FCO Office
The Foreign and Commonwealth Office (FCO) main building in London. The author served as the FCO's first chief scientific adviser. Credit: Wikimedia Commons/Arpingstone

A Scientist in the Foreign Office

United Kingdom Europe

On March 29, 2009, I heard the prime minister of the United Kingdom, Gordon Brown, give the Romanes Lecture in the historic Sheldonian Theatre at the University of Oxford. Theodore Roosevelt and Winston Churchill are among those who have given this highly prestigious lecture. Brown chose the title “Science and Our Economic Future.” He gave the lecture in the middle of the economic crisis and he stated that “it is science above all that can give us hope.” He also announced that he was creating a new role of chief scientific adviser (CSA) to the Foreign and Commonwealth Office (FCO), who would be involved in “bringing science to international policy making and diplomacy.”

A few days later, a search agency asked me if I would be interested in becoming this first CSA. Despite my presence at Brown’s lecture, the thought had not crossed my mind. However, as a working scientist and president of one of Oxford’s largest colleges (Magdalen), and having hosted many visits from important heads of states, ministers, and other notables from around the world, I was intrigued by the idea of applying this experience to work with the FCO on scientific diplomacy. I said I would be interested in this role providing it would not interfere with my work at Oxford. Accordingly, the FCO appointed me on a part-time basis for a fixed term of three years. I started in the summer of 2009.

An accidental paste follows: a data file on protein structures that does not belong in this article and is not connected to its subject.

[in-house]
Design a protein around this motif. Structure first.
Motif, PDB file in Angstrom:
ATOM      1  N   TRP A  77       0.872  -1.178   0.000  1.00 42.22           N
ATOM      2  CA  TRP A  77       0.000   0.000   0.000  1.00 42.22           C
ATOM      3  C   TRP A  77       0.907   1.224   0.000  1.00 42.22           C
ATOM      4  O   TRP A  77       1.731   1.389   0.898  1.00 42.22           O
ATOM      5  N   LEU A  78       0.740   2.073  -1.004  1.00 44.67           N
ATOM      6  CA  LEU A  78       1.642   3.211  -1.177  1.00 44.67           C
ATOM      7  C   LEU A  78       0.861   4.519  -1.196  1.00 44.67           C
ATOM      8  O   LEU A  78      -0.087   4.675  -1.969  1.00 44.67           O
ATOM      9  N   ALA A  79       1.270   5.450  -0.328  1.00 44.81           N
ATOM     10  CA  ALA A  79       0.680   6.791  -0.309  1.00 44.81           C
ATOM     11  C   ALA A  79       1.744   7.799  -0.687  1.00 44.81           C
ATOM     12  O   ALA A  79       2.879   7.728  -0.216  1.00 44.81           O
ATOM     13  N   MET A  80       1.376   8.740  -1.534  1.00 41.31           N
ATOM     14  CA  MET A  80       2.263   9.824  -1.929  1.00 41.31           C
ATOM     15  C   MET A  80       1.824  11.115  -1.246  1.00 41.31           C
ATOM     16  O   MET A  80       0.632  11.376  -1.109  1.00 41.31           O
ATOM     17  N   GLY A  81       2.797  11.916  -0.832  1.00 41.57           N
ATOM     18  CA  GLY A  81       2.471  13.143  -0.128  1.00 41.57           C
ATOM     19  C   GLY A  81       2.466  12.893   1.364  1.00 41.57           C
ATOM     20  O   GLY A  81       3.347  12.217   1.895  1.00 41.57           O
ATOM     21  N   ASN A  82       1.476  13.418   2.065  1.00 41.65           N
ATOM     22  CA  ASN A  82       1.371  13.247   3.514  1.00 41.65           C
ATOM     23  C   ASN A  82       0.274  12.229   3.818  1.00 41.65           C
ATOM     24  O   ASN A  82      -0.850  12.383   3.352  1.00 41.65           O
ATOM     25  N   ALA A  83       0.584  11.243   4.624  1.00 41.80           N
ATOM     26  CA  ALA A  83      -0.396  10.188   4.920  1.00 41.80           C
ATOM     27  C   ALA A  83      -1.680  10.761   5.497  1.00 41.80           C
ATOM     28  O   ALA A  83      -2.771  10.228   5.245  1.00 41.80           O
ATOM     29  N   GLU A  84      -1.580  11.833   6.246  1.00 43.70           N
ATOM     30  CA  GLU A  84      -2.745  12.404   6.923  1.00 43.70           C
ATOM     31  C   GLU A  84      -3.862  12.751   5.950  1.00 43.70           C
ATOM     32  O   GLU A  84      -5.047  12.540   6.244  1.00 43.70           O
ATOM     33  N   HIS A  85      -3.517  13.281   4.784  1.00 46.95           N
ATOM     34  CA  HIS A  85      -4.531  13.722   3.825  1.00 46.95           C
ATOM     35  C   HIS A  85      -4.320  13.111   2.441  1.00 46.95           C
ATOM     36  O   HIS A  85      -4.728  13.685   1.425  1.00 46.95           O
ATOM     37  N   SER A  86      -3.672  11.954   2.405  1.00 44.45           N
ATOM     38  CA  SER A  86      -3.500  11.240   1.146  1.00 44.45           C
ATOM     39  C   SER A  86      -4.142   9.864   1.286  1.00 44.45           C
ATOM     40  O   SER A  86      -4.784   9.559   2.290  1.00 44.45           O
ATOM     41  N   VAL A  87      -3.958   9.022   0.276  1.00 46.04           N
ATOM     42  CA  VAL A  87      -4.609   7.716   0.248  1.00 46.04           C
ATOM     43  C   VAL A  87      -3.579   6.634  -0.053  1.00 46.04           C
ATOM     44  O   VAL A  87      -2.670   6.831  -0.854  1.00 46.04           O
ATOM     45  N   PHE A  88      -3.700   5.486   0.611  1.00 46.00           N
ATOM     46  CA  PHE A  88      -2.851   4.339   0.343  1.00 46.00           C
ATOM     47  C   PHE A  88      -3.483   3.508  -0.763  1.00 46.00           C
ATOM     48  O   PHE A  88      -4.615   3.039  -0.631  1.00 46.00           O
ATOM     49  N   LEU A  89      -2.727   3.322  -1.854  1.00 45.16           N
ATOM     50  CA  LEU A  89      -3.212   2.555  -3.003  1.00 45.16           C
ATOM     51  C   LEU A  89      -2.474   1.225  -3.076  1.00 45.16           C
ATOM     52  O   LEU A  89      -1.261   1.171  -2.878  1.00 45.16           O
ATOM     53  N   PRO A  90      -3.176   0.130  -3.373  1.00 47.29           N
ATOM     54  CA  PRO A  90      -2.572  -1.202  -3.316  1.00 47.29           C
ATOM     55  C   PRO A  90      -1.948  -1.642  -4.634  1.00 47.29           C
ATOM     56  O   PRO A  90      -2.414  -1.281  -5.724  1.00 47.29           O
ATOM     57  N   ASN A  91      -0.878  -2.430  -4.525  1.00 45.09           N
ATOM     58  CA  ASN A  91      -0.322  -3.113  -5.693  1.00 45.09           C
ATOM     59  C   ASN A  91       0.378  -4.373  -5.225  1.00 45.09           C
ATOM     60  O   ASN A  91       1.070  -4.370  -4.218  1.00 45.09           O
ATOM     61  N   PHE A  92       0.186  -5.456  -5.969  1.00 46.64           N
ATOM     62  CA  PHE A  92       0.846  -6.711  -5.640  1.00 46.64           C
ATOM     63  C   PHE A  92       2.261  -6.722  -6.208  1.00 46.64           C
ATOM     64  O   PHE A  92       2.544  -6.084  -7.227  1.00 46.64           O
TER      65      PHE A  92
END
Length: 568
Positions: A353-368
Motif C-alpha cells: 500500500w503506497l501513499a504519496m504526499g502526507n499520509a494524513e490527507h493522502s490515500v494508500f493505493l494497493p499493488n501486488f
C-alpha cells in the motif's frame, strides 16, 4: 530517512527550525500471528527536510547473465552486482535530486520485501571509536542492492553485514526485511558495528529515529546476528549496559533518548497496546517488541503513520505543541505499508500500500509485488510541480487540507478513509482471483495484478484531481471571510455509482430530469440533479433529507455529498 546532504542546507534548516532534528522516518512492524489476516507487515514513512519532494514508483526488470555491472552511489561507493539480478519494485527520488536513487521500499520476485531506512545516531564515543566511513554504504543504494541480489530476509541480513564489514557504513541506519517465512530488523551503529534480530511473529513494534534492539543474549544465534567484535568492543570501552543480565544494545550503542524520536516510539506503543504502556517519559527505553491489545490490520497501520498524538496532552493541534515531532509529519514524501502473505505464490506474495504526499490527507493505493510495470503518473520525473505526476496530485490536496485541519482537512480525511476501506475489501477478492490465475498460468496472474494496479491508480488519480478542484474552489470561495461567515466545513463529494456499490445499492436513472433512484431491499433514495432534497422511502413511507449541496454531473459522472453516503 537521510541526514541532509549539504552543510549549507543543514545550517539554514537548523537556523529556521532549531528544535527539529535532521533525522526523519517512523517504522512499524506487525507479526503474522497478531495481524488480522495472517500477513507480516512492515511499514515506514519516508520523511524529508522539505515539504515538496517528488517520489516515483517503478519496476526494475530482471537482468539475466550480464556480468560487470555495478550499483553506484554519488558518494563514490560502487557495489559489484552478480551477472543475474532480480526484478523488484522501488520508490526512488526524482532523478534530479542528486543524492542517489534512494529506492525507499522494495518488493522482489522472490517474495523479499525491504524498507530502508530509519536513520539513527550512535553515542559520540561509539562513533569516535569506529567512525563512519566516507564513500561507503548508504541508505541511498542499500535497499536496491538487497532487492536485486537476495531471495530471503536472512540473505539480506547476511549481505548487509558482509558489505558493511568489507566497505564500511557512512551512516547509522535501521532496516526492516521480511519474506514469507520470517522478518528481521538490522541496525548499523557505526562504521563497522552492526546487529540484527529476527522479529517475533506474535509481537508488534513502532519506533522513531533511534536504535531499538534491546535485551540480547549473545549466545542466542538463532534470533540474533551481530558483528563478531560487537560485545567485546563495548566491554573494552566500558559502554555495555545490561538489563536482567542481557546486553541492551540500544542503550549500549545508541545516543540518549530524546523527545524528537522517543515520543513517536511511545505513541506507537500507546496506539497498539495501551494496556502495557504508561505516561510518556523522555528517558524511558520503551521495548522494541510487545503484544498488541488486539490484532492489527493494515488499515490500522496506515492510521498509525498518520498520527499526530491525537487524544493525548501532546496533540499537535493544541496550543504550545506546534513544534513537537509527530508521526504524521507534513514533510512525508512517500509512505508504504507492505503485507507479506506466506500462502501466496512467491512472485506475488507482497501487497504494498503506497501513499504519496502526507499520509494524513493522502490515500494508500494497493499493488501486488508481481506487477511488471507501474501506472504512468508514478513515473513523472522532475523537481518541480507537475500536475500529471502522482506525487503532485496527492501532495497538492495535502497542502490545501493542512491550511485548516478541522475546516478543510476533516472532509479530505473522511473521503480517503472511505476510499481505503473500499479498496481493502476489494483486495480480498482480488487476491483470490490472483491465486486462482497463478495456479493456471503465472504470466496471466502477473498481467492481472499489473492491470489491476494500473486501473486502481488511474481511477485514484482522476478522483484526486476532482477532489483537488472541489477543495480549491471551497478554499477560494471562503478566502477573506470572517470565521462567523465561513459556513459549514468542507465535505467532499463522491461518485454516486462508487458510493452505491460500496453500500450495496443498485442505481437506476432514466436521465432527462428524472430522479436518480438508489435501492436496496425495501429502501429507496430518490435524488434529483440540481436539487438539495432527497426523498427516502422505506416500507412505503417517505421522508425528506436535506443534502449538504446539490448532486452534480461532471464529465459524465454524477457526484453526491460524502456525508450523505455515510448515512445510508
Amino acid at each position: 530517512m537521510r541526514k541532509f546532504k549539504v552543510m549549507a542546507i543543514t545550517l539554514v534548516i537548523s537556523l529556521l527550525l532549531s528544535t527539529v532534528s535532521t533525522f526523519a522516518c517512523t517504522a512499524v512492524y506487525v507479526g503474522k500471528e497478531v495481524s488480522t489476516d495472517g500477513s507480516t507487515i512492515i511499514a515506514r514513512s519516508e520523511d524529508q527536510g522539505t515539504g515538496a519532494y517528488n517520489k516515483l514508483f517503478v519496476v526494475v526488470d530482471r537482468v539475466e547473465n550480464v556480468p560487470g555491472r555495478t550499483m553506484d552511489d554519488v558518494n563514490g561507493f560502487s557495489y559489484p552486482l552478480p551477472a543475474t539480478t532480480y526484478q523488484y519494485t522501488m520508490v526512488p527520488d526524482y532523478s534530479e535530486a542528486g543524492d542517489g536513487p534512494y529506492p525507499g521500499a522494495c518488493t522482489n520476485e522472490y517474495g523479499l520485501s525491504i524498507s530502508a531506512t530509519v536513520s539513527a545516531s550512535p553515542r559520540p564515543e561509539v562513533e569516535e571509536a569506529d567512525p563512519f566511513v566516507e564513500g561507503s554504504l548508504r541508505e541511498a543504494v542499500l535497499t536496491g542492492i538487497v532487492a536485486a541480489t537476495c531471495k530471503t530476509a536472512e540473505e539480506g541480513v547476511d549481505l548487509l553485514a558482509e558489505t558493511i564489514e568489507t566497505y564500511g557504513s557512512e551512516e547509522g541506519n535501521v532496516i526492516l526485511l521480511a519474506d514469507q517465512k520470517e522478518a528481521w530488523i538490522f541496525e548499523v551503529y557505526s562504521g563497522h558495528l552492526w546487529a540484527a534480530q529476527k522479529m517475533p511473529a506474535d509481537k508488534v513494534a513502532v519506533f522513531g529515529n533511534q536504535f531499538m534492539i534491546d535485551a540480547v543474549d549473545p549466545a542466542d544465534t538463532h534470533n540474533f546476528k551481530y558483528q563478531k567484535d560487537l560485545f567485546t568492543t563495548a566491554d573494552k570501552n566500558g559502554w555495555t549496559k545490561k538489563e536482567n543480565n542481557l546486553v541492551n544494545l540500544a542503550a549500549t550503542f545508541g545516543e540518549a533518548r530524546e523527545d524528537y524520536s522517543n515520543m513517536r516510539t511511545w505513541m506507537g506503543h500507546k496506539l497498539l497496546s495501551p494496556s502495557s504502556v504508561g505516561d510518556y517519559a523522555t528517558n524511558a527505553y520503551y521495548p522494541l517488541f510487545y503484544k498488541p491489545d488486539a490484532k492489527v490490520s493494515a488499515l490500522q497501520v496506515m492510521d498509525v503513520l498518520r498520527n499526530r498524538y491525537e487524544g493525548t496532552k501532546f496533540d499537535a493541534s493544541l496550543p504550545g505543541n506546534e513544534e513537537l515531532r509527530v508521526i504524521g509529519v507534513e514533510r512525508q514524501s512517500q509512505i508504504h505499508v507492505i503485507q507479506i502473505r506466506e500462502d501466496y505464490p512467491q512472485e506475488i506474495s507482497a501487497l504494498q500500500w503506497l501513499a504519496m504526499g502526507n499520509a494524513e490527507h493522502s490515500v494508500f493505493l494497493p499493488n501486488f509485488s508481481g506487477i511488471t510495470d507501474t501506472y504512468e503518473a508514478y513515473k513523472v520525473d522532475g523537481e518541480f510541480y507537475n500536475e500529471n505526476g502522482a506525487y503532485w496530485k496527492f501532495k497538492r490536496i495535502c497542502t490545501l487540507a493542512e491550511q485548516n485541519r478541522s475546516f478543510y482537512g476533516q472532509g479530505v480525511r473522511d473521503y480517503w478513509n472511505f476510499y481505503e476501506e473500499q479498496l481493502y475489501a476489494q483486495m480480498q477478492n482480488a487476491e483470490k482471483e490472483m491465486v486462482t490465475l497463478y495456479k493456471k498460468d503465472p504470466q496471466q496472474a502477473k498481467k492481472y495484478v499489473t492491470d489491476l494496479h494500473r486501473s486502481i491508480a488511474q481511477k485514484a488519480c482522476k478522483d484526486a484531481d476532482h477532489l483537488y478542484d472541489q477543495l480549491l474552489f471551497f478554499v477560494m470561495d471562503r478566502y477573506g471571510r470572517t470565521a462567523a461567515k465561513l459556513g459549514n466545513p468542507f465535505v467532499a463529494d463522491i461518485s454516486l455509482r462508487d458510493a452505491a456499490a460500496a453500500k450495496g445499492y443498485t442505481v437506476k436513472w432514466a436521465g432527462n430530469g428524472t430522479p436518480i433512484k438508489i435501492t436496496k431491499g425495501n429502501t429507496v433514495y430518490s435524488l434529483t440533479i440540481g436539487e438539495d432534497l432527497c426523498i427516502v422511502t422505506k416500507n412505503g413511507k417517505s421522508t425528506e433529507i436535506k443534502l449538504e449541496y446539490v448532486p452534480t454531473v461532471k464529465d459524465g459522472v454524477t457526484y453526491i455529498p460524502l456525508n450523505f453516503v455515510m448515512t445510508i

Early in my term, I was pleased to help arrange for David Miliband, then foreign secretary, to give a speech on science diplomacy at the Royal Society. He cleverly compared the revolution in science in the twentieth century “from certainty to complexity” to developments in foreign affairs in the same period. Shortly after this, the coalition government was formed, and the new foreign secretary William Hague at once showed his commitment to science and innovation in several speeches given round the world.

I was delighted to be able to work with the UK Science and Innovation Network, which is a unique organization placing about ninety officers in UK embassies and high commissions in twenty-five countries. The network is involved with enhancing international relations through scientific collaborations between the UK and other countries. I was pleased to champion this organization’s excellent work and made visits to eighteen countries to promote its various projects. Scientific interactions with emerging economies were a priority. In Istanbul I launched a new Knowledge Partnership between the UK and Turkey together with Vince Cable, the UK secretary of state for business innovation and skills. In similar visits to Delhi, Medellín, Nanjing, Ottawa, Singapore, and other cities, I saw exciting collaborative scientific initiatives across the continents.